Tuesday, July 18, 2017

Food, friendship, and the doctor


Let me start with the doctor. I had a good appointment with my surgeon today—lots of praise, but I came away feeling a little let down. I asked if I was where I should be, given what my condition was pre-surgery, and he said “Absolutely.” Pointed out my hip had been deteriorating for a long time, I had a major bone deformity, and I hadn’t really walked for six months before surgery. He was, he said with restraint, pleased with my progress. As we left, he, not an effusive man, said, “You’re beautiful today,” and I know he wasn’t referring to my looks. He was saying I’ve made beautiful progress.

But I think I went in there thinking I was healed, this surgery stuff could be behind me, and it’s simply not so. He said he expects full recovery for me to take at least a year—and I’m only six months in. No, I cannot cross my legs. If I bend from a sitting position, I am to do it slowly, with my left hip bent open, because I’m still in danger of dislocating it (x-ray shows it is perfectly in place right now).

And the biggie: he was lukewarm about letting me drive, especially since I drive a VW Bug, with a lower seat than a traditional car. He demonstrated how I’d have to get in and out, a technique I don’t really remember. On the way home, Jordan said every instinct in her was opposed to my driving, so I will wait.

I guess I’m not as invincible as I thought. Lesson learned

Other than that, a pleasant day of working and eating, mostly the latter. My daughters and I went to Pacific Table for lunch. A splurge lunch of crab salad (with avocado, Manchego, tomatoes, sautéed shallot, and a good vinaigrette) plus a dessert of sinful ice cream sandwiches  

Tonight, a friend from the seventies came for happy hour with me, Jordan, and Megan. Nancy’s three children and mine grew up as family friends, so it was great for my girls to get to visit with her. Turns out Megan often distance-works with the husband of one of Nancy’s daughters—small world.

Jordan fixed a magnificent spread, which was our dinner. My contribution was the salmon spread. We talked about everything from kids and surgery to murder and had a delightful time.

Now two boys are out here practicing their cursive writing. I never knew it would be the occasion for such hilarity—old-fashioned, uncontrollable giggles.

2 comments:

Randy Eickhoff said...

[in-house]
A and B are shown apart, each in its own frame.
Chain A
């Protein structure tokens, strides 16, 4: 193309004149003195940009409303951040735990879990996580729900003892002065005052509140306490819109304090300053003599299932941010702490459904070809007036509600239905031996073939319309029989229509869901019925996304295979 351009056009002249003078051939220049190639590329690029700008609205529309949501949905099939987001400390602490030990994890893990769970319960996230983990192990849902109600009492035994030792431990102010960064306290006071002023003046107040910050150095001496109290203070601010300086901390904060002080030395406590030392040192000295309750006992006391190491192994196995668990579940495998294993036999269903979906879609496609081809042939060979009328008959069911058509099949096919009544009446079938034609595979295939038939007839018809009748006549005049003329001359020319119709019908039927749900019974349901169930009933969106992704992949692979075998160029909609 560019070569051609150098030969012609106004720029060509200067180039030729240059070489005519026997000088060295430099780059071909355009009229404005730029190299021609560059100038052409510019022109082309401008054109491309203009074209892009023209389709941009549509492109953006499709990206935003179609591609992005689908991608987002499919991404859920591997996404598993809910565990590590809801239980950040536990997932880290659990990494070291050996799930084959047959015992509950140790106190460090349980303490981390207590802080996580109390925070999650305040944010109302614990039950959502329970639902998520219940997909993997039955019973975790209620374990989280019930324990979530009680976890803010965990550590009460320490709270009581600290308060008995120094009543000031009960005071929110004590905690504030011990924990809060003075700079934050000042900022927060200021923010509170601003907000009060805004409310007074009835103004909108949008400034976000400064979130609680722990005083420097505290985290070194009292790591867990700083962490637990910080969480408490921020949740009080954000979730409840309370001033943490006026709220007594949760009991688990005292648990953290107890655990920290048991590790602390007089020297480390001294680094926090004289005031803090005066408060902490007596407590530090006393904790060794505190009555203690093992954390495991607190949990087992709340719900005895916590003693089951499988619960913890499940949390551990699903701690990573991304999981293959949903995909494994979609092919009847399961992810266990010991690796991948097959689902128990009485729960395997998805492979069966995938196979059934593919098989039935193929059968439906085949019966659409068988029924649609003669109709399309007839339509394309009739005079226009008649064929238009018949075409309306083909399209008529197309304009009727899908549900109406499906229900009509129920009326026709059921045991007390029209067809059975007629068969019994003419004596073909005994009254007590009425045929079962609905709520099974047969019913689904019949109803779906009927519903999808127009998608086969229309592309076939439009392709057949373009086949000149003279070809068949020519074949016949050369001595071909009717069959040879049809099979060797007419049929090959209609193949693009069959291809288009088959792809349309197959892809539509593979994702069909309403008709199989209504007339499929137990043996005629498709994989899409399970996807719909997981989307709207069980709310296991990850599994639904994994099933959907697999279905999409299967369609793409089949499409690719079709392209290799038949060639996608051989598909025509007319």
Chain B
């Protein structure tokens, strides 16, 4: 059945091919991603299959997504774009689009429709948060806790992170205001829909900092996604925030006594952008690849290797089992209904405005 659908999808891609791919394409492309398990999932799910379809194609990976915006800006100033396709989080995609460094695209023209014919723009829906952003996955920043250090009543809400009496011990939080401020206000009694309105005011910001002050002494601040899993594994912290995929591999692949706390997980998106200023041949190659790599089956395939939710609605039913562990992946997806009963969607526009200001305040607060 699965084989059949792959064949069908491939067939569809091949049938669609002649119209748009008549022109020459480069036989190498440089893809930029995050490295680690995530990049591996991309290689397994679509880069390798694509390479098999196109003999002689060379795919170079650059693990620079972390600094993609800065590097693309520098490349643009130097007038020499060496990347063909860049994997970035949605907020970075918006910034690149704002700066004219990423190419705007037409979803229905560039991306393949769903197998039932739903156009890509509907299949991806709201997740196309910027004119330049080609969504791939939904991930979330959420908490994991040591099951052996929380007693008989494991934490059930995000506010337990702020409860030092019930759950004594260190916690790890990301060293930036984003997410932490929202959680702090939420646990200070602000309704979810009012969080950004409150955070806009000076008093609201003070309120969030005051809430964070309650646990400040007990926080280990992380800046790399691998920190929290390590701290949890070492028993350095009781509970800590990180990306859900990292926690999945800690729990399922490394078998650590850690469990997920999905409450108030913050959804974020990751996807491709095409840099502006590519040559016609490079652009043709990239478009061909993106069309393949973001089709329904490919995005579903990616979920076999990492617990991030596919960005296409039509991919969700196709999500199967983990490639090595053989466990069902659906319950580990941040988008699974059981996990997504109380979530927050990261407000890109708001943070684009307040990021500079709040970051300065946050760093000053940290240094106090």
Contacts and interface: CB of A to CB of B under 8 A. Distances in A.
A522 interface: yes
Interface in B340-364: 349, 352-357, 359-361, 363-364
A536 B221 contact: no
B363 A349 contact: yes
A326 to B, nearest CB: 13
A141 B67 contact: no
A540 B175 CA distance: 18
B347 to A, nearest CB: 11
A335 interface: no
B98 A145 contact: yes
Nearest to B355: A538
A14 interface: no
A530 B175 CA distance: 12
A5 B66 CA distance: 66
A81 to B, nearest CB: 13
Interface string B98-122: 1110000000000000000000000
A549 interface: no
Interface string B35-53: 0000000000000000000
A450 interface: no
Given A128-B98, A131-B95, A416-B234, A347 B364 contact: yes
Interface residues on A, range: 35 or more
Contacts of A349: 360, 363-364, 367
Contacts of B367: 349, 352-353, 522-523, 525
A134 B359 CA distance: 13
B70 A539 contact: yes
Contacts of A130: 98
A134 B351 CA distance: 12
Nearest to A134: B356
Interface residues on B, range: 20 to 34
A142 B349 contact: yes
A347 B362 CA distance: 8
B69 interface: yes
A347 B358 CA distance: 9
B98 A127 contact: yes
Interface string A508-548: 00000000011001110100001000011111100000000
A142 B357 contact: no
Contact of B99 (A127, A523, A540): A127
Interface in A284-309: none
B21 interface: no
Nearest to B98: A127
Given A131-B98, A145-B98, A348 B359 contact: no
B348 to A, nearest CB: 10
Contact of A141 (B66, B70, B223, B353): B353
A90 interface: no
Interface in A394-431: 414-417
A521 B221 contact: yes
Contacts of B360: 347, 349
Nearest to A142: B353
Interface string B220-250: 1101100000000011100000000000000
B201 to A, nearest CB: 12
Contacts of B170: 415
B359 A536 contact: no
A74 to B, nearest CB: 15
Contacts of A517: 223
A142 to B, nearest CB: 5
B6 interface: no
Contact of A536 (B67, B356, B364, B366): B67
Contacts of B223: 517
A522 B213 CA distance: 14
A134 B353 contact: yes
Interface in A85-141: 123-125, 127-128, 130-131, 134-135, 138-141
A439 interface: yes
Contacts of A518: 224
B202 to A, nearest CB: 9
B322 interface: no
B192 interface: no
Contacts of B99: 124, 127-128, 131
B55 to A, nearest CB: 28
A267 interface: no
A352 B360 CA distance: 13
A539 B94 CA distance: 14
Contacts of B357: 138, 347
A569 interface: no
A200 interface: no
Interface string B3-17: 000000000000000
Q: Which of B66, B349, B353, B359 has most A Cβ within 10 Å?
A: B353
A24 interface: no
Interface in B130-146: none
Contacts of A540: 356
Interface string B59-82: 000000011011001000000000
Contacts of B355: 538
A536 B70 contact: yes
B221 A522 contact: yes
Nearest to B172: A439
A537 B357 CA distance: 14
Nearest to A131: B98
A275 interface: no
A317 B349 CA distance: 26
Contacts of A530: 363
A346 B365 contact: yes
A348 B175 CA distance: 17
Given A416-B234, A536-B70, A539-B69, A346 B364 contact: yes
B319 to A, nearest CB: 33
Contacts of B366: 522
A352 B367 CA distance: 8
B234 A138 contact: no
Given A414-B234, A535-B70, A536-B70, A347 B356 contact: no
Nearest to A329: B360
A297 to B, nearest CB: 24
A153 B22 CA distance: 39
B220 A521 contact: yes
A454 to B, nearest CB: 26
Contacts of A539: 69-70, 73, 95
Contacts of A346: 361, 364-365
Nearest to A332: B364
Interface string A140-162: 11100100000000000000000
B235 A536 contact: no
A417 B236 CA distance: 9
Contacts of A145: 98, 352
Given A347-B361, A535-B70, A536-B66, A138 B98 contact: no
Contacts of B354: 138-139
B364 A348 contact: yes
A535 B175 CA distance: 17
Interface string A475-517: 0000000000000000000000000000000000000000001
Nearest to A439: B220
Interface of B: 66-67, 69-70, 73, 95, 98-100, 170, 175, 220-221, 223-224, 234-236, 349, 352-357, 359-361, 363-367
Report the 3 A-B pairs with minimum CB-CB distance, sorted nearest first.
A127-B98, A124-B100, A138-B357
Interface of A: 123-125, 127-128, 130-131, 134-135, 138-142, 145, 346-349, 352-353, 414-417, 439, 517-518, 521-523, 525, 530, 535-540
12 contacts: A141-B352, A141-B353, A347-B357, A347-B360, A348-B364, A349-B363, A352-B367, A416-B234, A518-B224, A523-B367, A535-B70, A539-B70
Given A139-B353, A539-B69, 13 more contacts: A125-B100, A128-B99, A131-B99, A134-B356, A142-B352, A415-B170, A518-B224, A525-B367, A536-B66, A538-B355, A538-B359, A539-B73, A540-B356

Maybe you need to look at a different car, Judy. I have a huckuva time getting in and out of a car, too, and my daughter and my VA financial custodian both agree that I need one. Right now, he's looking and negotiating for a Ford Edge for me. When my daughter and I flew up to Omaha and rented a car to drive the last six hours to where my mother lives (that's a hard story) a couple of weeks ago, we had a Ford Edge and I had no difficulty getting in and out. There is more leg room in that car than any other I have tried. I have been driving one of the largest pickups and simply cannot handle it very well anymore and chief problem there is getting in and out of it. What is neat about the Edge in addition to getting in and out and the great leg room is the other things it has. A tv to aid in backing up and out of a parking spot, the outside mirrors have sensors on them that warns you if a car is in your blind spot(s) or coming from behind you, and other things that make it so easy for handicapped people like you and me. I am very limited in how far I can drive but this car would definitely aid me. So, my VA custodian (who pays all the bills---I never see them) is shopping for me. It is a little bigger than your bug, but oh so much more convenient for our needs!

Judy Alter said...

Thanks, Randy. I'm sentimentally attached to my 12-year-old VW Bug and have no trouble getting in and out--it's the chance of dislocating the hip and that should diminish over the next six months. What really decided me to be good and quiet about it is my caretaker-daughter's opposition. Since she's the one who has the burden of driving me, I'll abide by her wishes. I also don't want the financial burden of a new car. I'm picky about cars, but I'll call up the Edge and ook at it.